‘Link Round-up’ gives you a glimpse into the articles that got the most airtime around the Loom Analytics water cooler this week. Published each Thursday, article topics include access to justice, big data, legal technology, and what’s happening in the Canadian legal landscape.
- Although jurors are supposed to render a verdict based only on information heard in the courtroom, it’s hard to ignore the ever-present pull of Google. On Slaw, Heather Douglas looks at two Ontario Court of Appeals cases involving jurors performing “forbidden searches”.
- If you’re one of the thousands of Canadians using a fitness tracker, you may be interested in whether your Fitbit data could end up being used as evidence. The Toronto Star reports that Fitbit data was used by a Calgary law firm in 2014 to demonstrate decreased levels of activity after one of their clients was in a car accident. However, the same article raises an alarm about the relative security of fitness tracker data, and whether it’s reliable. (When looking at the value of these devices as evidence, also worth noting is just how many users abandon fitness trackers after a relatively short period of time.)
- Does birth order have an impact on the judicial system? On the SCOTUS blog, Andrew Hamm looks at a fascinating Law Society Review paper that examines the characteristics of first-born and later-born judges in the US:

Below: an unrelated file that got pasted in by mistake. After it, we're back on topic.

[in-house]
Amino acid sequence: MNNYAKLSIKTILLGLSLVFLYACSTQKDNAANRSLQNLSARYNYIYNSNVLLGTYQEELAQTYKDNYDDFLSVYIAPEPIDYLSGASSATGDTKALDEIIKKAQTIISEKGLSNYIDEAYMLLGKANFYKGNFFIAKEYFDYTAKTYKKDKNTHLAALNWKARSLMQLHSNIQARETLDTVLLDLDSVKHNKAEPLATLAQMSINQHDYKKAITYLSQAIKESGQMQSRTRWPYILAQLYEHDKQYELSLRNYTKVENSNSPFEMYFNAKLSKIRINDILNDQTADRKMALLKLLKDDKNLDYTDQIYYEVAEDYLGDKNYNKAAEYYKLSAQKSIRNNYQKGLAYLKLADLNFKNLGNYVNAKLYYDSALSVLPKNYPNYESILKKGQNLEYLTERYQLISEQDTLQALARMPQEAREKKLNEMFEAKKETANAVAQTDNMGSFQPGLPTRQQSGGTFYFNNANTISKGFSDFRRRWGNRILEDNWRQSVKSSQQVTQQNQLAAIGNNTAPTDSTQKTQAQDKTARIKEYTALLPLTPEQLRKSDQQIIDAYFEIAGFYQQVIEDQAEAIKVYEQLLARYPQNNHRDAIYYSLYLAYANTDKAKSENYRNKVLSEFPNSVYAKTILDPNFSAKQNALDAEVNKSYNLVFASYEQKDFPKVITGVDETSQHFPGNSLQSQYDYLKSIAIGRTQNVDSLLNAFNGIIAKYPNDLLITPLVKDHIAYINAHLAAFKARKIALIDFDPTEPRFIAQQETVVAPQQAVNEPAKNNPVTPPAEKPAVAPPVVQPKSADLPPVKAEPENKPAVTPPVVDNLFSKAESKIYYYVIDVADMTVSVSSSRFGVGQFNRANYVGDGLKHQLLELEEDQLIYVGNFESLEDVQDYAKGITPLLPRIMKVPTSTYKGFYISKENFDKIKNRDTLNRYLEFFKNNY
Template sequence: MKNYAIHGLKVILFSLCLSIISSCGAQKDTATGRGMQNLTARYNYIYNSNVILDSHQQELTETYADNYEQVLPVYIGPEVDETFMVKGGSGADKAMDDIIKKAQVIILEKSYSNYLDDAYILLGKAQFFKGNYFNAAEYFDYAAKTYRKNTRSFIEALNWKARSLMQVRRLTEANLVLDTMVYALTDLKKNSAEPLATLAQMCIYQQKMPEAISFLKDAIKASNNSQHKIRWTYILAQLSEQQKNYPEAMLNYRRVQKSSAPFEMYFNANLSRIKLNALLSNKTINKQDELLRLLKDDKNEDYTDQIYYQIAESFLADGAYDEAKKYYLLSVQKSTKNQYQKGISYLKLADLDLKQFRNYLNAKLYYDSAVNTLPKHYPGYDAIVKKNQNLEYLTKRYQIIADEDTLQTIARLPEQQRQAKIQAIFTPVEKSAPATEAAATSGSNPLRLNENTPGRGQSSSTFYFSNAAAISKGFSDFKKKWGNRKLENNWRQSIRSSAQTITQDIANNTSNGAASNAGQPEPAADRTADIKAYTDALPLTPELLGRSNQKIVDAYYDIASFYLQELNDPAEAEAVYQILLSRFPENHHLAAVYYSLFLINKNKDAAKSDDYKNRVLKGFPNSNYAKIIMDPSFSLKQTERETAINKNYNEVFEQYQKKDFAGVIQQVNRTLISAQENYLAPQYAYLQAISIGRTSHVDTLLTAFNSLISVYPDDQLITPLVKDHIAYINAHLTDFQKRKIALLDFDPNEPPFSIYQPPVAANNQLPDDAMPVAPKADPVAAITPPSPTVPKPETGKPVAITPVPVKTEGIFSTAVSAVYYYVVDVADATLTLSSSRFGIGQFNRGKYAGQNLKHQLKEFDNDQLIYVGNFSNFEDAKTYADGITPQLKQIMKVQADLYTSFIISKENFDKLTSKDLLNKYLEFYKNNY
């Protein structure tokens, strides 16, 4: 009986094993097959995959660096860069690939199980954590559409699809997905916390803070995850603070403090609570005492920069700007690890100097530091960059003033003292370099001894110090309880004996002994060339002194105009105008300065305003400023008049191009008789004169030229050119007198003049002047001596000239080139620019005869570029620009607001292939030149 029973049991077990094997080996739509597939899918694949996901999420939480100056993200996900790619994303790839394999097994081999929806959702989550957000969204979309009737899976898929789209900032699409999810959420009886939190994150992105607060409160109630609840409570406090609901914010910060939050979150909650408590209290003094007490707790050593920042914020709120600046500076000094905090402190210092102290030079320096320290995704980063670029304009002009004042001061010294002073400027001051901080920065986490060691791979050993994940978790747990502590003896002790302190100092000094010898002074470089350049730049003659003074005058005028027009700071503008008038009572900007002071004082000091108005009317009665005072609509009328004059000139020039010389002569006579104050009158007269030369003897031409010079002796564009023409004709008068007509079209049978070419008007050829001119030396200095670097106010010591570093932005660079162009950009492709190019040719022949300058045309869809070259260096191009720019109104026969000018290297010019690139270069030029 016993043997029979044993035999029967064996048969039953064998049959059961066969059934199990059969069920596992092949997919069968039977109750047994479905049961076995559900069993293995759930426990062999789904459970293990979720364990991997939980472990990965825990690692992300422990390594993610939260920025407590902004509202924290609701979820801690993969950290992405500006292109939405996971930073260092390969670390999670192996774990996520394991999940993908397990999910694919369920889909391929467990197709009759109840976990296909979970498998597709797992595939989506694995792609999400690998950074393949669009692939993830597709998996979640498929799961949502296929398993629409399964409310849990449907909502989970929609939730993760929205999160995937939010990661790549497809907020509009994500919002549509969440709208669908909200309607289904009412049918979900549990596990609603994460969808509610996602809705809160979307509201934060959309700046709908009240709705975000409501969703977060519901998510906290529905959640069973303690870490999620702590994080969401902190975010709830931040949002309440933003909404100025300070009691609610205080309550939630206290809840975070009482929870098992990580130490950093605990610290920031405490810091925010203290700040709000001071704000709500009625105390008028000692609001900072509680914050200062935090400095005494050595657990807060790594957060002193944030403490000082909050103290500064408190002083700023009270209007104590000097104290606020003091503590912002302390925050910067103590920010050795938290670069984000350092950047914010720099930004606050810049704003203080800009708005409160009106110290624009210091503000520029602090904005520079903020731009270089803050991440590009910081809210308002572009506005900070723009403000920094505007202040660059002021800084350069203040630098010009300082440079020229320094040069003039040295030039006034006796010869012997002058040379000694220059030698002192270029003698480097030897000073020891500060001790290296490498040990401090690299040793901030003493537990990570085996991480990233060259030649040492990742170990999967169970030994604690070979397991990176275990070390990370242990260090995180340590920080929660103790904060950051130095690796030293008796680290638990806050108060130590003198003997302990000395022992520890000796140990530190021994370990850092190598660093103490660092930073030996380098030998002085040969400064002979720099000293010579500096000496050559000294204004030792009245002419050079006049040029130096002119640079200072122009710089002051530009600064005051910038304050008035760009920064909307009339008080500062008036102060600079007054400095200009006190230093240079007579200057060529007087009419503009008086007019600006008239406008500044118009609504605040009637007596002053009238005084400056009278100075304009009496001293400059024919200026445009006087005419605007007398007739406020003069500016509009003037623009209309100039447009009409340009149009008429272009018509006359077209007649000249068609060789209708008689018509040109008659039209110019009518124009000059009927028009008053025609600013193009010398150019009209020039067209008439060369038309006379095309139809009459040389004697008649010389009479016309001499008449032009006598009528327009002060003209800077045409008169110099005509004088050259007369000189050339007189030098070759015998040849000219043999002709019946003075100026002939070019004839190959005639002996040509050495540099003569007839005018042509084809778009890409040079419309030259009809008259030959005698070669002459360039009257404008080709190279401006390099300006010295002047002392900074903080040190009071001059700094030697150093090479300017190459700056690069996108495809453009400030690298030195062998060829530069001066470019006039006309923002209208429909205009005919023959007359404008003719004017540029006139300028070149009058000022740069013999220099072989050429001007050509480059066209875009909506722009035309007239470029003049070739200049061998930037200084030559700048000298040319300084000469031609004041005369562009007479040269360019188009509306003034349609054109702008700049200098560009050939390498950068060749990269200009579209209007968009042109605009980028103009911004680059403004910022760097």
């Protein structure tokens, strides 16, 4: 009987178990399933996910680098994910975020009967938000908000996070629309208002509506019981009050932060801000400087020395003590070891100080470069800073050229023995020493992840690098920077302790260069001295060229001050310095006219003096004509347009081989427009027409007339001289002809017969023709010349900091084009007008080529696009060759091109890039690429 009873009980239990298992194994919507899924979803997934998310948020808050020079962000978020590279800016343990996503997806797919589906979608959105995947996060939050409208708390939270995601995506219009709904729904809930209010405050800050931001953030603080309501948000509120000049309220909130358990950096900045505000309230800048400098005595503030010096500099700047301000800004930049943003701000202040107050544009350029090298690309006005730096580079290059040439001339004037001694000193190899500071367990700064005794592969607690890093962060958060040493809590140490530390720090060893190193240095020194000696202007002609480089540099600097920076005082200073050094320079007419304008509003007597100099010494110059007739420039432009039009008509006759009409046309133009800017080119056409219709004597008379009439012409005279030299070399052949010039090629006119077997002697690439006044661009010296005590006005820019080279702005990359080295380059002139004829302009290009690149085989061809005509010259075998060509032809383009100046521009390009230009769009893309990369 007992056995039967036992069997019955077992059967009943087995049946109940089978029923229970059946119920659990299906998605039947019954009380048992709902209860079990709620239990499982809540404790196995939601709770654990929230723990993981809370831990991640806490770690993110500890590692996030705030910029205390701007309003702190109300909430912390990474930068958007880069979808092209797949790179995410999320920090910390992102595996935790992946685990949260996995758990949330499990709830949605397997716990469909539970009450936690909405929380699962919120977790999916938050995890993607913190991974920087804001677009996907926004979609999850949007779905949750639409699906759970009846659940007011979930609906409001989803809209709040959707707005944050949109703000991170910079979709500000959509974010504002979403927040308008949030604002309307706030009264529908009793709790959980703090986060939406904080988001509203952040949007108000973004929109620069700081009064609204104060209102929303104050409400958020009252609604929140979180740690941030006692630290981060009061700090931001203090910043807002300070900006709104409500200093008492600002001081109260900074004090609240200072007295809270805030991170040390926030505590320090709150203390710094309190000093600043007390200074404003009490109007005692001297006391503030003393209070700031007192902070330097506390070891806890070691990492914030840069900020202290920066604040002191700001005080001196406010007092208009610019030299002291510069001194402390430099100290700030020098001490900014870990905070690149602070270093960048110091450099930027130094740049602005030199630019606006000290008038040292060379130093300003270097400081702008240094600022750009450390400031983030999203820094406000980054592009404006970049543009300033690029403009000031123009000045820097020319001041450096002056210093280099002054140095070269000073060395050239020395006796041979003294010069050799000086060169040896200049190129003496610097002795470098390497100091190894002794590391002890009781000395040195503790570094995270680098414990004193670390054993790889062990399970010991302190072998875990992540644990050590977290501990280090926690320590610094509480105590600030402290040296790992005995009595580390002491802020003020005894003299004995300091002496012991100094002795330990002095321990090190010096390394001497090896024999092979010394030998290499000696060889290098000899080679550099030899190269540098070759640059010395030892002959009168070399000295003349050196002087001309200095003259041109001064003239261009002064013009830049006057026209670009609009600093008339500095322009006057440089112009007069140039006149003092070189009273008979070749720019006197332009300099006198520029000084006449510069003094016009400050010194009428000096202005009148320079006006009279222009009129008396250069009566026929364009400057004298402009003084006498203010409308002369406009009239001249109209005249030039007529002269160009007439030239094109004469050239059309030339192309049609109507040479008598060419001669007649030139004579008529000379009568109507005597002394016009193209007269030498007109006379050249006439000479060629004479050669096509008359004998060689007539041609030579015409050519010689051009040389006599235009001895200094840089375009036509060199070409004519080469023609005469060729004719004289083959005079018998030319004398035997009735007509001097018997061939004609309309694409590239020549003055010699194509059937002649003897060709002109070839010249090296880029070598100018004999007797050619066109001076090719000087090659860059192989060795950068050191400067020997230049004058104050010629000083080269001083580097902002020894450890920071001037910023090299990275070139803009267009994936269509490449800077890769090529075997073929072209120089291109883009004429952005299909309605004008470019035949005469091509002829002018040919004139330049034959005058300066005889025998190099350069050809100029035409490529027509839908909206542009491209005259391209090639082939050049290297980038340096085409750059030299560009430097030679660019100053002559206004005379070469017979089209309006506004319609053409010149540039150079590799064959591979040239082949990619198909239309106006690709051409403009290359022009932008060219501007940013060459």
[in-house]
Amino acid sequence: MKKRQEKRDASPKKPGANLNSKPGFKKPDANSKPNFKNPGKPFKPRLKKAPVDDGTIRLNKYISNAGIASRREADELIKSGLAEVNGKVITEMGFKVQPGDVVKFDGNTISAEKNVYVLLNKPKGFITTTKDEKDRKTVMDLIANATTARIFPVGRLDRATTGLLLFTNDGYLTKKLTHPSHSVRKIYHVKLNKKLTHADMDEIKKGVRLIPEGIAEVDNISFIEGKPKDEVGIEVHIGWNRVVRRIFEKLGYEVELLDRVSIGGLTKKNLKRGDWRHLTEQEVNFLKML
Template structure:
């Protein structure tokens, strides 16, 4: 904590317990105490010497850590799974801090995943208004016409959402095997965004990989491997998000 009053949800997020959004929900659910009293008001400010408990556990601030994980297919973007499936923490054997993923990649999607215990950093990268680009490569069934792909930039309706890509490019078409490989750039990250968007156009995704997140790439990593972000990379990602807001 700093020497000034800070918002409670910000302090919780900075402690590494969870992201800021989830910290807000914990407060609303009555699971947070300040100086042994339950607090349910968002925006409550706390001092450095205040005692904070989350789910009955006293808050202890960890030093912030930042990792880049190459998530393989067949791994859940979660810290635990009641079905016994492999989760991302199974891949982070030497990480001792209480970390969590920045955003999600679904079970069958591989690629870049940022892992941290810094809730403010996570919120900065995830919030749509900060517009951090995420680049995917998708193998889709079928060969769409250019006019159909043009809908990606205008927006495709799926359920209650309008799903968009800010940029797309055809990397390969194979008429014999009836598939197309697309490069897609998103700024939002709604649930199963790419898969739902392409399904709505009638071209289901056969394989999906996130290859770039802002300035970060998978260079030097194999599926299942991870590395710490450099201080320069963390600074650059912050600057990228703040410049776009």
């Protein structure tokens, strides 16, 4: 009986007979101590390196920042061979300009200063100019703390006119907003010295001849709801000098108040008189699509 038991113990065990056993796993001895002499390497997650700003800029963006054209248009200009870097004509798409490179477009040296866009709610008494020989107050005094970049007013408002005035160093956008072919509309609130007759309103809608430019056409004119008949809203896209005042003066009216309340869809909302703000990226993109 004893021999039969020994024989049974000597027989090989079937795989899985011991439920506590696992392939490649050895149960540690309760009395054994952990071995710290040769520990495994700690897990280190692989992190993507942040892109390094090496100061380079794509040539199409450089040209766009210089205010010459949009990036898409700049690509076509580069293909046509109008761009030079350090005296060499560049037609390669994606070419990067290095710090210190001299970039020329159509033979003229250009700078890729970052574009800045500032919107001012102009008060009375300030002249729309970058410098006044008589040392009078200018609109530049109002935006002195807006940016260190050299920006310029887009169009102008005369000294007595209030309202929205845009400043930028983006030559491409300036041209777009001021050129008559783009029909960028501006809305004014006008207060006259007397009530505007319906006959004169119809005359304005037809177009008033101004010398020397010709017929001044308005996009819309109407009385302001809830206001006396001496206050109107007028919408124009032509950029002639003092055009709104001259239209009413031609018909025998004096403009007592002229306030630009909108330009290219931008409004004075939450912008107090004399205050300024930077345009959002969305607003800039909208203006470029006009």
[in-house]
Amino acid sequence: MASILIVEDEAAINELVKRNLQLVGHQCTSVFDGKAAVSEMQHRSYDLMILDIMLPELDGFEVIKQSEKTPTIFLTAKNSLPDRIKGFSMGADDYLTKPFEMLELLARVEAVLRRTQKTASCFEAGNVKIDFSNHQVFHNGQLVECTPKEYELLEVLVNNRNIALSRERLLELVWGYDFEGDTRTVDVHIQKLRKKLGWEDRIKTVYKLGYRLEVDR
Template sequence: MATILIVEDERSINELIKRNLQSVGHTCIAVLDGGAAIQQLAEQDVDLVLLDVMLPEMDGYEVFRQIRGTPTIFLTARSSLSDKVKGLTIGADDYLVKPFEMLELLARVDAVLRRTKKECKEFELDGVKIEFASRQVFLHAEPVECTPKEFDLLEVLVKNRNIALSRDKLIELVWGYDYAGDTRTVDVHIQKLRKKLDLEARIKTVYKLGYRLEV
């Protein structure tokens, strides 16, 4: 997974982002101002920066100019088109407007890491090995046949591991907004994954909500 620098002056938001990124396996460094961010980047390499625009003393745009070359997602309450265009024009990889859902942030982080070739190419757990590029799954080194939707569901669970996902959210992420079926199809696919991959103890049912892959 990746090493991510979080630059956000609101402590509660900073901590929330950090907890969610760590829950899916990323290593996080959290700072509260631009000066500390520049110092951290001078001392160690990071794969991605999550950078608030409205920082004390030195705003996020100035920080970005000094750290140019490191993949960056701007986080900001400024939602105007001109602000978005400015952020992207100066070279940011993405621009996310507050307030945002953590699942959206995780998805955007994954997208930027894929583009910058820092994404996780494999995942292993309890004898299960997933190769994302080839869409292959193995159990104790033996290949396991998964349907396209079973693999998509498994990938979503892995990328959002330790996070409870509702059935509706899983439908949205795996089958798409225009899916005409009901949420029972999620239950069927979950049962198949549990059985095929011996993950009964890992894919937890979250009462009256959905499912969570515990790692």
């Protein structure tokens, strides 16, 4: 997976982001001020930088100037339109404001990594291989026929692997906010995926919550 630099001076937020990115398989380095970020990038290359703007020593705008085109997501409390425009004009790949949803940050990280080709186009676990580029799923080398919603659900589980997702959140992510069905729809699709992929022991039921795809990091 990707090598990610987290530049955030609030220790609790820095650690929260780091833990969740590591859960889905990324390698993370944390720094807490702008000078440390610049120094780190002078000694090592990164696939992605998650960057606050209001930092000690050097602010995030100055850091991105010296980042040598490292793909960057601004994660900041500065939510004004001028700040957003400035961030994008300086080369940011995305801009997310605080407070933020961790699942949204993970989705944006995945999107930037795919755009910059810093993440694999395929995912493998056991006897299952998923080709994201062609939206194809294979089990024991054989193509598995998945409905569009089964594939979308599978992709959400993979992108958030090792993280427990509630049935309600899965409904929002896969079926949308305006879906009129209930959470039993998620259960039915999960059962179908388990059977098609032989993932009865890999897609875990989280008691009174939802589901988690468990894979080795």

“In keeping with the expectations of birth-order socialization, McGuire finds a linkage between the political preferences of members of the Court and their birth order, with first-born Justices more conservative and later-born Justices more liberal, even accounting for other factors that contribute to an adult’s political ideology.”
- It’s an understatement to say that it can be extremely challenging for vulnerable populations to access and navigate through the complexities of the legal system. On ABlawg this week, Alysia Wright examines access to legal services in women’s shelters, and suggests improvements to the current model.
- Over on The Court, Zinejda Rita breaks down the controversial R. v. Elliott verdict.
- Dr. Julie Macfarlane of the National Self-Represented Litigants Project published a guest article on Now Toronto this week highlighting the rise of self-represented litigants (especially in family court) and the growing legal marketplace that caters to them. She covers the growing body of legal professionals offering “unbundled” services like court prep and document review, as well as the general access to justice hurdles faced by litigants who can’t afford to retain counsel.
- Also on the family law A2J front, the Ontario Ministry of the Attorney General is calling for consultation regarding “whether or not paralegals and other legal service providers, such as law students and law clerks, should provide legal assistance in certain family law matters.” Responses are open until the end of April.
- On Slaw, John Gillies gives an in-depth report on 2015’s trends in legal technology, from Ross Watson to the cloud to the question of whether lawyers have a “duty of technology competence”.